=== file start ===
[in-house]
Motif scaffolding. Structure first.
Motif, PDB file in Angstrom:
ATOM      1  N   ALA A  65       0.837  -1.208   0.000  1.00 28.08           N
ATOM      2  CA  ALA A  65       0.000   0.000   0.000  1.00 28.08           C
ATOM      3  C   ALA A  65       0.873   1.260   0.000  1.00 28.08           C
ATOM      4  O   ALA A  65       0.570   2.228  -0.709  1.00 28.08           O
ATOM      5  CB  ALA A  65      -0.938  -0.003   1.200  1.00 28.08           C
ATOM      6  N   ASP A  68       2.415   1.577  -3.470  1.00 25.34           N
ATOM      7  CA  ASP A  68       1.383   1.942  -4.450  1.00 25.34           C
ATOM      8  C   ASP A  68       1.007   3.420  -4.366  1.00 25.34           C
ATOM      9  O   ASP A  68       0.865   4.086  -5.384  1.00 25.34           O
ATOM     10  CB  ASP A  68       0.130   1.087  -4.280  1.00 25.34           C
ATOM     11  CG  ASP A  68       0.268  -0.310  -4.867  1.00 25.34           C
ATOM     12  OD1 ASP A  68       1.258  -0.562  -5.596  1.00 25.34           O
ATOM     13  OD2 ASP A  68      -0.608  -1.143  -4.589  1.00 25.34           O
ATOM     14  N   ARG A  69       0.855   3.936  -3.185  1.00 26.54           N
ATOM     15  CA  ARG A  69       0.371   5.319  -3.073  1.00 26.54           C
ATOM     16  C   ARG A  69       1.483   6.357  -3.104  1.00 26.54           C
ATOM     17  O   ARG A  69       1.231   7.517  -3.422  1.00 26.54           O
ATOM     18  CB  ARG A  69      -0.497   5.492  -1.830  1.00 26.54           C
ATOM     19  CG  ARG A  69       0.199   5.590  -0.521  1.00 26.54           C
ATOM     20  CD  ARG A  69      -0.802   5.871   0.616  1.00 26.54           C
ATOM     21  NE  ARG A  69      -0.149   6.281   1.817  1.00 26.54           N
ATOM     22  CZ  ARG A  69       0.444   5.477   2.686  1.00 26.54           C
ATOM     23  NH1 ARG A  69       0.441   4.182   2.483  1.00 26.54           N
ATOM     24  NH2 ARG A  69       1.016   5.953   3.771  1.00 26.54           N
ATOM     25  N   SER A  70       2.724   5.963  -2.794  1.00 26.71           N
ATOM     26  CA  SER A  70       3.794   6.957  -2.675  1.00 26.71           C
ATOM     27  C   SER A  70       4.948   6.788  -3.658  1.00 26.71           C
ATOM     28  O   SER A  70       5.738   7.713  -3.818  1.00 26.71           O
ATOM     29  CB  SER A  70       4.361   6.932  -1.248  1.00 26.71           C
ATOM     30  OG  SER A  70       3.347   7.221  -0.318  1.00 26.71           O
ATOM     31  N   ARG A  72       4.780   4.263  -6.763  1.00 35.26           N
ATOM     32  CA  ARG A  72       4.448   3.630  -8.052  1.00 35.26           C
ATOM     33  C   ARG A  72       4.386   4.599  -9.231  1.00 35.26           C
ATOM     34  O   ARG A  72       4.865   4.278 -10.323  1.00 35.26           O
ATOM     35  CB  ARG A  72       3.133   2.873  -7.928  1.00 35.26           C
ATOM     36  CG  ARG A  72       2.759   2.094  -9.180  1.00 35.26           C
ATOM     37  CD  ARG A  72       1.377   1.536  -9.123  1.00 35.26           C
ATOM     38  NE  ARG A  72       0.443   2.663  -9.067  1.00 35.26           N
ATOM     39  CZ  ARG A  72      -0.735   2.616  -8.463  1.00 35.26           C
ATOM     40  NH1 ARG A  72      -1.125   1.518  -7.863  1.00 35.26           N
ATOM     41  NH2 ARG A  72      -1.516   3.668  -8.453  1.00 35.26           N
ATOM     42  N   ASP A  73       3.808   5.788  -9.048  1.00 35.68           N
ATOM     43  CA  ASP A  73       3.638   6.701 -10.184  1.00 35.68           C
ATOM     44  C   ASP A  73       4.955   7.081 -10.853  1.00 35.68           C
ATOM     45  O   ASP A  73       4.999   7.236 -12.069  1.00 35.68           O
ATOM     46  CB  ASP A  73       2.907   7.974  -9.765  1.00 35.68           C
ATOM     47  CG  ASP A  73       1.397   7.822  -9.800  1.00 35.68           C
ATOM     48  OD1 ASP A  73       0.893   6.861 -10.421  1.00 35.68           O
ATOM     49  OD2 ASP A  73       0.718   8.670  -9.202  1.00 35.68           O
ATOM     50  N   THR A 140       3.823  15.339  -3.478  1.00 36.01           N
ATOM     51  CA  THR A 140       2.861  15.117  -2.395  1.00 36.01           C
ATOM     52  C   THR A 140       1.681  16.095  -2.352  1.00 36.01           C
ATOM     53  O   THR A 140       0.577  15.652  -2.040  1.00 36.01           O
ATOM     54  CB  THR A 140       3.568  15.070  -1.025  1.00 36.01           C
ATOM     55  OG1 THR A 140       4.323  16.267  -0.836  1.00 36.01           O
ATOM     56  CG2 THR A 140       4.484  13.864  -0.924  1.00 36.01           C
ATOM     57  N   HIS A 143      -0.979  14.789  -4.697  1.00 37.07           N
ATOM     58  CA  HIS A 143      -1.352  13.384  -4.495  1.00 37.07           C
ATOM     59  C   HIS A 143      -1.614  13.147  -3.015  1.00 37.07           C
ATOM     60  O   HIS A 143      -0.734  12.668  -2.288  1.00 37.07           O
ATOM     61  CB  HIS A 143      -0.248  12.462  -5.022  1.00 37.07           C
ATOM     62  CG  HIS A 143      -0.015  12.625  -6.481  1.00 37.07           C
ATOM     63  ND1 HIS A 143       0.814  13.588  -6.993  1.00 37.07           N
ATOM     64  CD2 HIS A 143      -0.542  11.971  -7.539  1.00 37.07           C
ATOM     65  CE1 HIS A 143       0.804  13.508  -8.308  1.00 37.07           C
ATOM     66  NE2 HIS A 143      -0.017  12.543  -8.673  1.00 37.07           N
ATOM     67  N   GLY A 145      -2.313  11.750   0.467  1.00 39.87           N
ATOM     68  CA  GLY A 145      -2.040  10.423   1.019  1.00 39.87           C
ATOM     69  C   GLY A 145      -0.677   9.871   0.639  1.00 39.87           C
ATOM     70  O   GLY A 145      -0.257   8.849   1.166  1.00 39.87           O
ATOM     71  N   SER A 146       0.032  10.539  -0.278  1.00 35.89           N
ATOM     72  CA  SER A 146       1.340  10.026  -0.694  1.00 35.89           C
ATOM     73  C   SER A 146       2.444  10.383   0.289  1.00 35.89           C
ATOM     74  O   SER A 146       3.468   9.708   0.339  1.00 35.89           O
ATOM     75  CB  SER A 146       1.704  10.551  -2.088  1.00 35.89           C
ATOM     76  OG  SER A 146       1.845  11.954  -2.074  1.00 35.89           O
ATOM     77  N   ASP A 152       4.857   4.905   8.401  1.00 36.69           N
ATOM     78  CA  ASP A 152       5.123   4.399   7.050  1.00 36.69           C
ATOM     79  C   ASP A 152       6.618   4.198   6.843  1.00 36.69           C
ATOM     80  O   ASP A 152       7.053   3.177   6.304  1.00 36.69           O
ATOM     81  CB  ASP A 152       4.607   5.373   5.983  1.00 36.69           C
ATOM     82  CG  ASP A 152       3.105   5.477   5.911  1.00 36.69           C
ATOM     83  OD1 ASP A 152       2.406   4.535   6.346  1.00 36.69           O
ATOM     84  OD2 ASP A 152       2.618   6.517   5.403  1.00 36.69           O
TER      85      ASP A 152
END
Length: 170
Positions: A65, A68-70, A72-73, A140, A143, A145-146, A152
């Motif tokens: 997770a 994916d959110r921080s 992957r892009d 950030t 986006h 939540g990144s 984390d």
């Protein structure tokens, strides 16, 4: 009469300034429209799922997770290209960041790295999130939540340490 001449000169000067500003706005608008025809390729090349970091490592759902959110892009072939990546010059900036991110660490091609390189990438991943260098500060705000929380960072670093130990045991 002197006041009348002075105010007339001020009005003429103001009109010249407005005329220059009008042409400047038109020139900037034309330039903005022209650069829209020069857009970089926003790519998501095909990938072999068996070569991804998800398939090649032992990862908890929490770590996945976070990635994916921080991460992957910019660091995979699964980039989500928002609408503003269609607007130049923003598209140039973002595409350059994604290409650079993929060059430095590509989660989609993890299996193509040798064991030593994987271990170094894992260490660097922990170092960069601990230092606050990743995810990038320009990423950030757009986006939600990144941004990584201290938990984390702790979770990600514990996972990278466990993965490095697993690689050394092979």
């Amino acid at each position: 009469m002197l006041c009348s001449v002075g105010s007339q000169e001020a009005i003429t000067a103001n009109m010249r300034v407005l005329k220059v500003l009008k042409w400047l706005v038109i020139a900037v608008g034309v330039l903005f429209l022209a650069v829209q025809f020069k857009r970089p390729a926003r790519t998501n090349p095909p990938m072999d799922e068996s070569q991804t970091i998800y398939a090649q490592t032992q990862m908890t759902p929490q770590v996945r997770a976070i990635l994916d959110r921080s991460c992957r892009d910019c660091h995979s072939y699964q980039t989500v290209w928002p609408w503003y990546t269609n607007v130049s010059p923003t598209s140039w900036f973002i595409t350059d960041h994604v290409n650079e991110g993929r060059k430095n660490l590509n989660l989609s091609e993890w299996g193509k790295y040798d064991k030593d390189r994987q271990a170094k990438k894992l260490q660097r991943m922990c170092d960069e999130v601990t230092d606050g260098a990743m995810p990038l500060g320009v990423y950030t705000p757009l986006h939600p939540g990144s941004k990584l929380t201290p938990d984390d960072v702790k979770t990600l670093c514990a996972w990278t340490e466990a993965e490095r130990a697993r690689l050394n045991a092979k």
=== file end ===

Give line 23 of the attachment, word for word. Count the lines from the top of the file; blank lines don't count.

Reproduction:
ATOM     20  CD  ARG A  69      -0.802   5.871   0.616  1.00 26.54           C